MOGILEV, 18 October (BelTA) – Cooperation for the sake of employing refugees is vigorously developed in Belarus, BelTA learned from Jean-Yves Bouchardy, Representative of the United Nations High Commissioner for Refugees in Belarus. Jean-Yves Bouchardy took part in a roundtable session on the employment of refugees in Mogilev.
About 30 refugees are in need of employment in Belarus every year. So far this year 23 people have been offered jobs, 11 refugees have been hired. “Our job is to bring together all the interested parties for the sake of expanding and advancing cooperation in employment matters at the national and local levels. Helping the refugees establish a personal contact with employers is one of the most important moments. We have a positive example in Grodno where a refugee was offered a job during a similar roundtable session while the Radiovolna enterprise from Grodno became our partner. The enterprise has hired and has provided two refugee families with accommodation,” said Jean-Yves Bouchardy.
The roundtable session in Mogilev is the final one in the series of similar events held in all the oblast capitals of Belarus in 2017. “In my opinion, we’ve been able to find mutual understanding in resolving refugee employment problems. We’ve been able to bring together and establish cooperation between interested government agencies, private companies, and non-governmental organizations. We hope that it will have a positive effect on the employment of such persons in the near future,” Jean-Yves Bouchardy was convinced.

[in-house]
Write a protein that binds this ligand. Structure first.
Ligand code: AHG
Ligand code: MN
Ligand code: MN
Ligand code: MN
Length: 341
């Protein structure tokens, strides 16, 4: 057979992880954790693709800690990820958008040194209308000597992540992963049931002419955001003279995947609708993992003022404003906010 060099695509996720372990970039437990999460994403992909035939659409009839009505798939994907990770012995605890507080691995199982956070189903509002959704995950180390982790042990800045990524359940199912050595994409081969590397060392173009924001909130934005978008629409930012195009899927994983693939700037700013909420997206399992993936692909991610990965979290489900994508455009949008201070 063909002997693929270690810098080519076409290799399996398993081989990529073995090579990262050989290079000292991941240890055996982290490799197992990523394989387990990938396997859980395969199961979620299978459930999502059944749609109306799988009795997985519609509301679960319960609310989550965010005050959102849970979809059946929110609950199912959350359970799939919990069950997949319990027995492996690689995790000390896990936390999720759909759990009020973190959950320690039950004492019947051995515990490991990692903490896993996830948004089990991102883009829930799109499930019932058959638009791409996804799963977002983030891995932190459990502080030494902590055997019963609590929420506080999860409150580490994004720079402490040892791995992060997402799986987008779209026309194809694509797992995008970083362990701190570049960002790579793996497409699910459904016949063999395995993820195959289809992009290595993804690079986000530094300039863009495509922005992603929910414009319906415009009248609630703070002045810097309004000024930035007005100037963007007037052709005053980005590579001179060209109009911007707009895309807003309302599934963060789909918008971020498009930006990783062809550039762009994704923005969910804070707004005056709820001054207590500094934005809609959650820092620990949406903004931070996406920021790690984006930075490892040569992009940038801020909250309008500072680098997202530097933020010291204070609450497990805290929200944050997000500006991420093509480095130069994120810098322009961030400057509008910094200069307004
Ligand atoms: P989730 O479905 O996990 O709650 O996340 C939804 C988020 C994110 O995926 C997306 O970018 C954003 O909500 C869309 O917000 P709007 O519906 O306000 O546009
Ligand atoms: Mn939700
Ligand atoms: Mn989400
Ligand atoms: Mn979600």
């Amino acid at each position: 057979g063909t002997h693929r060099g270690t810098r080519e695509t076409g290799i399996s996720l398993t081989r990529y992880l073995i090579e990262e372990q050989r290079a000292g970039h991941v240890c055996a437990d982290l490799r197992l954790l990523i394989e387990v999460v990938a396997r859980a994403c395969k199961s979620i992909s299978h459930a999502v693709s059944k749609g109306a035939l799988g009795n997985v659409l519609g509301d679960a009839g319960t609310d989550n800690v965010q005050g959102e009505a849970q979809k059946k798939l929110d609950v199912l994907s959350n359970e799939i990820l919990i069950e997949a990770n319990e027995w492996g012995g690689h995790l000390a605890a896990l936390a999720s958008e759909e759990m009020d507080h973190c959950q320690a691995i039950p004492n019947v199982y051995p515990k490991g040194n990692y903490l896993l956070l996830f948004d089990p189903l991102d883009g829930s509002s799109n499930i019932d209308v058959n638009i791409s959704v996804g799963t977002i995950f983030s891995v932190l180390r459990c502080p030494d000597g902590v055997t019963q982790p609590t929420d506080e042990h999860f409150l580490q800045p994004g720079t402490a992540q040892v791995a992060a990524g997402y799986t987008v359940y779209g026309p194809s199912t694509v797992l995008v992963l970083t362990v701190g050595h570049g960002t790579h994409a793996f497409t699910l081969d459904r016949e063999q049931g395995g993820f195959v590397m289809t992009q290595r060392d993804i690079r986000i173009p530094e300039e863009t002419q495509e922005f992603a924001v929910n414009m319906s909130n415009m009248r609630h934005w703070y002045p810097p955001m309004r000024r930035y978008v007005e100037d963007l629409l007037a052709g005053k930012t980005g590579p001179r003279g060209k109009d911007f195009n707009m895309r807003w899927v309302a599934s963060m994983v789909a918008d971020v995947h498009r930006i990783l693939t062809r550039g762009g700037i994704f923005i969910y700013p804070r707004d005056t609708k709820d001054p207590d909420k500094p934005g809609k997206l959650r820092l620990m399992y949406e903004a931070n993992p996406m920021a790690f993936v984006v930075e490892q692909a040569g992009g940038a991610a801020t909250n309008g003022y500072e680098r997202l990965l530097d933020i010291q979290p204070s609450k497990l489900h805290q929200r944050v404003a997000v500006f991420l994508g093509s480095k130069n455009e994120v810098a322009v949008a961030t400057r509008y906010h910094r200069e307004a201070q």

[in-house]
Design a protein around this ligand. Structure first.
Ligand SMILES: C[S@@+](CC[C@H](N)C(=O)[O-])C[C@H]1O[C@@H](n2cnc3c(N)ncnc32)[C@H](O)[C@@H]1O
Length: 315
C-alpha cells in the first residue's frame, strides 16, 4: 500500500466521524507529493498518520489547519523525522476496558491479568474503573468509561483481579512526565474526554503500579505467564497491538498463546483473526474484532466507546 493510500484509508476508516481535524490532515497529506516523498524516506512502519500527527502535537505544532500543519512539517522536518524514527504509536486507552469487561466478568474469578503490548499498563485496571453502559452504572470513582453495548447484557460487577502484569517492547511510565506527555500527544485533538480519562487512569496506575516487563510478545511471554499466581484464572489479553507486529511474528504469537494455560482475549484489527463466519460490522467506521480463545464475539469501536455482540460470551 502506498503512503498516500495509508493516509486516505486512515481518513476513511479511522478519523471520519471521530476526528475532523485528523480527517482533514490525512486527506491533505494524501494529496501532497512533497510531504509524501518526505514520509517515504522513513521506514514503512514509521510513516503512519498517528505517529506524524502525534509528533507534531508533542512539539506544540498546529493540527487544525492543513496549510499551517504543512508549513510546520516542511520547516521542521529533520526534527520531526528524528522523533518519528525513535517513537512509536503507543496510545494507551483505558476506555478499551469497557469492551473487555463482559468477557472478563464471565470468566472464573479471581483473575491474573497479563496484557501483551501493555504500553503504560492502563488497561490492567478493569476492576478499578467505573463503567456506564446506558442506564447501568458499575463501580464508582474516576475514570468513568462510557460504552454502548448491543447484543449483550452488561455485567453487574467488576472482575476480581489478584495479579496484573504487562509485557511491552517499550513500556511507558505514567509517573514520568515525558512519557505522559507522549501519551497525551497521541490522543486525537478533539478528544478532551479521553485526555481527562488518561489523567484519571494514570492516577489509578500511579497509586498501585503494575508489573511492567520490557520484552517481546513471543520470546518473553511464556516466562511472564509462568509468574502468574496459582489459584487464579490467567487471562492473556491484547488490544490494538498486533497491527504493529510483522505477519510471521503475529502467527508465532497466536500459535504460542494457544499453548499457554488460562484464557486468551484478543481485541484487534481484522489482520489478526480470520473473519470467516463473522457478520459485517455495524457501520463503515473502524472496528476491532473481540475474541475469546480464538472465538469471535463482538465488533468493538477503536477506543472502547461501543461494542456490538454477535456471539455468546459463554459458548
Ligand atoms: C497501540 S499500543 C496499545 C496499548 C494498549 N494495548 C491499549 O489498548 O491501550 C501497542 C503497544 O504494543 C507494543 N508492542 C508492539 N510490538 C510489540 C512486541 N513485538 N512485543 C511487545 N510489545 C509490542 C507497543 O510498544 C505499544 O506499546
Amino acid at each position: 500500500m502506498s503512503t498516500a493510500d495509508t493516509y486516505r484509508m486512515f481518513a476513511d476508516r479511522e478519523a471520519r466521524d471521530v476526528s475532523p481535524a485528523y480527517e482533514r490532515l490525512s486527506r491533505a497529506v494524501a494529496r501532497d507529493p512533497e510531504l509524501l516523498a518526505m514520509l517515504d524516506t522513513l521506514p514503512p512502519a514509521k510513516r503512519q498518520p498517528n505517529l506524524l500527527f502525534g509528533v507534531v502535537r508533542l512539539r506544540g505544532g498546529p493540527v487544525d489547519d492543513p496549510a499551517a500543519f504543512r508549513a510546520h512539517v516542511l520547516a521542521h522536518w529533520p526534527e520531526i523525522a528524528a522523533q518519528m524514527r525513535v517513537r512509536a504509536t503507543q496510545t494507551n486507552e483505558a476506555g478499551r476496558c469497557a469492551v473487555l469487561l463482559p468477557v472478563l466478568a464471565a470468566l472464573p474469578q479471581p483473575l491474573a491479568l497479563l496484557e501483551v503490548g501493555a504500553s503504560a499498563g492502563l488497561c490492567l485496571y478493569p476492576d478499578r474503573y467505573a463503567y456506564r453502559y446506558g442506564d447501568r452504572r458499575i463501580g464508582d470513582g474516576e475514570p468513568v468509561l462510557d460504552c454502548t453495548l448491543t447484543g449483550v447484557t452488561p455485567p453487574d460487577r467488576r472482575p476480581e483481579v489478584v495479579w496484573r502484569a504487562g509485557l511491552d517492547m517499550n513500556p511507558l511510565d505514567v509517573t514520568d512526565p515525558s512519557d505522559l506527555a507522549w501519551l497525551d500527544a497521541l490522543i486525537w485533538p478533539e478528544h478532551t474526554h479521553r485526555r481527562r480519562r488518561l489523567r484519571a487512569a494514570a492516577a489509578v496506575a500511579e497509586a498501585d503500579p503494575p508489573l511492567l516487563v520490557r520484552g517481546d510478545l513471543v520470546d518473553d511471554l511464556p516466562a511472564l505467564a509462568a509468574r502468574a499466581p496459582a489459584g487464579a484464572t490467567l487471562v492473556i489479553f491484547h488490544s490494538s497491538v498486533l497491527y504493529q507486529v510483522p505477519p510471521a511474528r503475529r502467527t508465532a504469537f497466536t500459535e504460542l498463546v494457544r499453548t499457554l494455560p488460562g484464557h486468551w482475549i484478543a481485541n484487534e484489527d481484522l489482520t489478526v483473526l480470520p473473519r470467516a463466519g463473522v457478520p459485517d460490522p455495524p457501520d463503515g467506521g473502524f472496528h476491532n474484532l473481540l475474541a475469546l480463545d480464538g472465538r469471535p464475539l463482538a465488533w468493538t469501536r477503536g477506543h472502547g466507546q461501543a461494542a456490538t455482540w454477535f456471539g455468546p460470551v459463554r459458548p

During the roundtable session representatives of organizations and enterprises were informed that no special permits are now required to employ refugees. The Office of the United Nations High Commissioner for Refugees is ready to consider giving $2,000-3,000 per micro grant to potential employers for the sake of creating jobs for refugees. The organizers of the roundtable session believe that the practice of discussing topical problems of refugees via such roundtable sessions will be continued in 2018, too.
As of 1 October there were 933 registered refugees in Belarus, including 28 in Mogilev Oblast.